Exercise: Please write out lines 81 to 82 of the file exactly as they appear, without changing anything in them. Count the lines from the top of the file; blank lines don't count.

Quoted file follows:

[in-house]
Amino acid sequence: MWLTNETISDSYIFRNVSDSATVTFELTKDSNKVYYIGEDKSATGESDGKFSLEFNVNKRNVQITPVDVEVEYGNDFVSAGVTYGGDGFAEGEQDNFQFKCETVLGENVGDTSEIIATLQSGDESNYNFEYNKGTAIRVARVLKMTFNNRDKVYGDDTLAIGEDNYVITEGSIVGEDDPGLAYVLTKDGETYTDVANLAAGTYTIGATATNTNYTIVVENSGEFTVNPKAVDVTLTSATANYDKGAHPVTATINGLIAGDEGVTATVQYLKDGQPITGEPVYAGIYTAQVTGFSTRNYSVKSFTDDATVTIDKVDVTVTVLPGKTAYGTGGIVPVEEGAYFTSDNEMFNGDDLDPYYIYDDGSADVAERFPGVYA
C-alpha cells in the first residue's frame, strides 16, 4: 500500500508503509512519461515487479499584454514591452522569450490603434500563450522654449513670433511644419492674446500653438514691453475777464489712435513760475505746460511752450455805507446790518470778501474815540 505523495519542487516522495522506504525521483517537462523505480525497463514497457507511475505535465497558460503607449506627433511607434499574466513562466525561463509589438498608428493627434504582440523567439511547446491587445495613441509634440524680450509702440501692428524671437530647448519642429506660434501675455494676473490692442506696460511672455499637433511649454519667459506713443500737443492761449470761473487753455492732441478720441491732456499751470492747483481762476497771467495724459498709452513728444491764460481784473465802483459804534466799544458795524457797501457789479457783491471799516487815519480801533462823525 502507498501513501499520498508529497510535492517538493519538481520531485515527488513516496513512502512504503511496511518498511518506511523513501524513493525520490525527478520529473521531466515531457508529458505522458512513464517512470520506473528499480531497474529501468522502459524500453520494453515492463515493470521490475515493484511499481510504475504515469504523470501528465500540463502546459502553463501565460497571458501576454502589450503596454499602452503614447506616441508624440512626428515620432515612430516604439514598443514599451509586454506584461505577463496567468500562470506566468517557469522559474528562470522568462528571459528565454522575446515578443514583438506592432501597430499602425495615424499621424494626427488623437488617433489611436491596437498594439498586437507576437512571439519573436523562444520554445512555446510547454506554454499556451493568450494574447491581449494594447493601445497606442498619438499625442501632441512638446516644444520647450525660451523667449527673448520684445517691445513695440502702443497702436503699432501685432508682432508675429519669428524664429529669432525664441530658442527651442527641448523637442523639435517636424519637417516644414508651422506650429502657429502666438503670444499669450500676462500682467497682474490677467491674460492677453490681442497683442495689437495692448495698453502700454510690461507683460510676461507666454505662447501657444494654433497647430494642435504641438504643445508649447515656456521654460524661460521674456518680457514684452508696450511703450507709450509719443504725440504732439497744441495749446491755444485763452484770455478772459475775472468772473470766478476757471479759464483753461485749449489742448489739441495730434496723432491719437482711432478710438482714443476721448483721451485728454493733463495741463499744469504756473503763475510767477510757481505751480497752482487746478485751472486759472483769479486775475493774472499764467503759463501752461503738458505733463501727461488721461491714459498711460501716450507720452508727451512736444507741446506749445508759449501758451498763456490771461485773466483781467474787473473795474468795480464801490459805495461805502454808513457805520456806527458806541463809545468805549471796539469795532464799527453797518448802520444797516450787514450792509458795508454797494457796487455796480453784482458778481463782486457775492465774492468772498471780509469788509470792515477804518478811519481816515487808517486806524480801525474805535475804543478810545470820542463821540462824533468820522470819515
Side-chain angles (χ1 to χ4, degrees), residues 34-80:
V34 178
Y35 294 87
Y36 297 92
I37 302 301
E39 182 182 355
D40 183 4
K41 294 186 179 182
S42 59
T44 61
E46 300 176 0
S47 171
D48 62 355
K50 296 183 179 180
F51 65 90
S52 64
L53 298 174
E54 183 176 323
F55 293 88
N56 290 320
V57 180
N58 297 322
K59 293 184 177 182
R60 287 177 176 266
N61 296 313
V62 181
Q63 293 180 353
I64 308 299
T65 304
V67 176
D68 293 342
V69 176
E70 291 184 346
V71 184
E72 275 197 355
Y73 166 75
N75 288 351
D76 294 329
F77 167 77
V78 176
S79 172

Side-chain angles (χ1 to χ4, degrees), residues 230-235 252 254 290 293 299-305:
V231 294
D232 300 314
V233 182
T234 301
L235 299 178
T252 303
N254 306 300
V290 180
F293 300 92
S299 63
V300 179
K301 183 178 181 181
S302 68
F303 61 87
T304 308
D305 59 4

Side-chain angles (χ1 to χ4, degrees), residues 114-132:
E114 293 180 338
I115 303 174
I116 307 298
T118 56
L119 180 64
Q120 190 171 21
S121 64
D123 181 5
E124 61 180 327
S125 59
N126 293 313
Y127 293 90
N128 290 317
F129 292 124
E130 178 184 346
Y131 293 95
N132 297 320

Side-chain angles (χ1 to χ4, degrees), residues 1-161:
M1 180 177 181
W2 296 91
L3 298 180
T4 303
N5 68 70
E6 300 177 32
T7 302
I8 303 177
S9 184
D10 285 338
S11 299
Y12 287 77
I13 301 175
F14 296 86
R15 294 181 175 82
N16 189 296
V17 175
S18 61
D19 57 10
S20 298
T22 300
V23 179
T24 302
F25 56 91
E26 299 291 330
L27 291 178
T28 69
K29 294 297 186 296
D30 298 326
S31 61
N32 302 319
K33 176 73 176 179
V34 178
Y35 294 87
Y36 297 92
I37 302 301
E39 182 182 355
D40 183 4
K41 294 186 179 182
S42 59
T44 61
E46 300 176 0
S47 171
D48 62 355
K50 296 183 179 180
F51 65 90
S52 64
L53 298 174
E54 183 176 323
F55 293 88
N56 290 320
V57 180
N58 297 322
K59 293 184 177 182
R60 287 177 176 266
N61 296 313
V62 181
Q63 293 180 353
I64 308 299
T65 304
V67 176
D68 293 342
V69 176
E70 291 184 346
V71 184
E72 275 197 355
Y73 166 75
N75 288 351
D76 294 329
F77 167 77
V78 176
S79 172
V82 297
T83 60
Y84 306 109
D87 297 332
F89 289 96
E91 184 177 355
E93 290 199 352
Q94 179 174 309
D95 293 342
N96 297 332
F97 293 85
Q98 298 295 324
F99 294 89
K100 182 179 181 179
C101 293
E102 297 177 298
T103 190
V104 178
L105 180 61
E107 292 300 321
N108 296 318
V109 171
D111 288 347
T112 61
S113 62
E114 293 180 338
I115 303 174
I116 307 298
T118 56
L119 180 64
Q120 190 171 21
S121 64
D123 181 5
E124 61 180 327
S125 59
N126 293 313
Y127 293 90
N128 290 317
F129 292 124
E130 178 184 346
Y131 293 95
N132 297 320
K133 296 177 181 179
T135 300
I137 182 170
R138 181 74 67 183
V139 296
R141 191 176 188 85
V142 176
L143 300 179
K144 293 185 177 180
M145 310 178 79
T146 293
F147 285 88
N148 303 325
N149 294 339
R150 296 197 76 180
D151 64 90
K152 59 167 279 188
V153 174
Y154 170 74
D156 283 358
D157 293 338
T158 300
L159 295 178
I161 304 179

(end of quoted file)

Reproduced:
M1 180 177 181
W2 296 91